Will the UK Government act when its own employees are ‘tortured’?
Commenting on the case of Simon Cheng, the former employee of the UK Consulate in Hong Kong, who says he was tortured by the Chinese authorities, Lord Alton, Vice Chair of the Westminster Friends of Hong Kong, said:
“The details of what Mr Cheng says happened to him are heartbreaking and extraordinary: a kidnapping and a forced confession obtained by brutal torture. This demands a far stronger response from the British Government than a quiet word with the Chinese Ambassador. Surely it is now time for the Foreign Secretary to declare that the Sino-British Joint Declaration is being violated by Beijing, and that China is in breach of international law. The UK Government must match the resolve that US lawmakers showed last night and begin immediately preparing targeted sanctions, while offering asylum to those seeking to escape the iron grip of dictatorship like Simon Cheng. That is the least we can do, frankly.”
The fate of Simon Cheng graphically illustrates why people in Hong Kong are so fearful of Chinese Communism.
A spokesperson for Stand with Hong Kong, a pro-democracy group, said:
“We’re struggling to understand if the UK Government has a red line in regards to Hong Kong. Despite overt and deteriorating transgressions by China against “one country, two systems”, the Government seems bogged down in technicalities and unable to respond to another breach of the Sino-British Joint Declaration. Is this the best the UK Government can do when its own consular staff are tortured? Simon has a British National (Overseas) passport, which further highlights the lack of protection such a class of nationality offers. We need concrete action like British citizenship rights to support those suffering under the yolk of Beijing’s torture apparatus.”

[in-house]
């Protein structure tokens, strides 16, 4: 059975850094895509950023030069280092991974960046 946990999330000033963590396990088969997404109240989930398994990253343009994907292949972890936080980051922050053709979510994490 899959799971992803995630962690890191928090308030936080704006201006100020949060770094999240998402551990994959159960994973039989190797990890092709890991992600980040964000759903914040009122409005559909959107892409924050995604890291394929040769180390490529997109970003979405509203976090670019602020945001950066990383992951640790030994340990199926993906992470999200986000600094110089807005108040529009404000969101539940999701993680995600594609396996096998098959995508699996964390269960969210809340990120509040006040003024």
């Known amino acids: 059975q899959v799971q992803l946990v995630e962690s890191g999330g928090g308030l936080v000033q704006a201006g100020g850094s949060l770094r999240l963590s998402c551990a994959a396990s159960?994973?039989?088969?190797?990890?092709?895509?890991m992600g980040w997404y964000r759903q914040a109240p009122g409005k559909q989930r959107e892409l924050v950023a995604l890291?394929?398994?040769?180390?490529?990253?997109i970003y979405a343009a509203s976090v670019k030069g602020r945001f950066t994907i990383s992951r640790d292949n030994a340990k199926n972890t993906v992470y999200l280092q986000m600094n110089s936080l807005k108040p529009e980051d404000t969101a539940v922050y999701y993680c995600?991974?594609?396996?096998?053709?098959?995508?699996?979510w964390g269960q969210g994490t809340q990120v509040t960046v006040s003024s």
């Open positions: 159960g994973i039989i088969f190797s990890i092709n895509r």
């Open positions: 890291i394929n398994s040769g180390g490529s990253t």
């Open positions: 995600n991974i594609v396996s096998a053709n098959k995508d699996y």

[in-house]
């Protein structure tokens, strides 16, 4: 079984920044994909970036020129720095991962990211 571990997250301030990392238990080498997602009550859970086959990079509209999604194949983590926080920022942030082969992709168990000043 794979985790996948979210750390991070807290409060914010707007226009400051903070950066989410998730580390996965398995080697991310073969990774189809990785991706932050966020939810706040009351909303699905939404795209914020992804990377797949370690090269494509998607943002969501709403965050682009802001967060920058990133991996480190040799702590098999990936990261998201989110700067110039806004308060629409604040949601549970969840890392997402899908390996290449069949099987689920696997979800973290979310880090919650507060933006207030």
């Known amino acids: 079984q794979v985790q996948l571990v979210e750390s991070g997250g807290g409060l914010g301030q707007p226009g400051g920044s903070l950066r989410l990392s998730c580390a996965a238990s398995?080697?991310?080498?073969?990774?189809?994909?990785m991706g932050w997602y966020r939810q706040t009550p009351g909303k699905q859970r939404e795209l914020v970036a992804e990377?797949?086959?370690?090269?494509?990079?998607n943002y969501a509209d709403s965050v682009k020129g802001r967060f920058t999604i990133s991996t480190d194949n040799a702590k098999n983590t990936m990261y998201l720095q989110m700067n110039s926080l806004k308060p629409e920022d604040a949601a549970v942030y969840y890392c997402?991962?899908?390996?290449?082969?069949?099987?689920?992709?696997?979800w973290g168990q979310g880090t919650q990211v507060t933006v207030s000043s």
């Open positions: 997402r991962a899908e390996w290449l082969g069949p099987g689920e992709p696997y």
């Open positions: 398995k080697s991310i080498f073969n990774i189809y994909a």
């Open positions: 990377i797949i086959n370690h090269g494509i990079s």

According to media reports, “following [the BBC] interview, the British Foreign Secretary Dominic Raab has summoned the Chinese ambassador.” Mr Cheng “was asked to resign from his post, although UK sources say he was provided with support, including a two-year working visa for the UK” — but not offered citizenship or even a path to it in the UK. (1)
Last night, the US Senate unanimously passed the Hong Kong Human Rights and Democracy Act which lays out a process for the US President to impose sanctions and travel restrictions on those who are found to be knowingly responsible for threatened or carried out arbitrary detention, torture, forced confession of any individual in Hong Kong, or other violations of internationally recognized human rights.(2)
Hong Kong: articles from the Washington Post
The Post’s View: Hong Kong is on the brink of breakdown
The Post’s View: China is wrecking Hong Kong’s ideals. And it only has itself to blame.
Parjanya Christian Holtz: ‘It is a war here now’
Josh Rogin: Trump and McConnell are failing the people of Hong Kong
Joshua Wong: China can silence me. But it can’t silence Hong Kong’s movement.
Fred Hiatt: While Trump stands by, the world’s tyrants are trying to make the world safe for dictatorship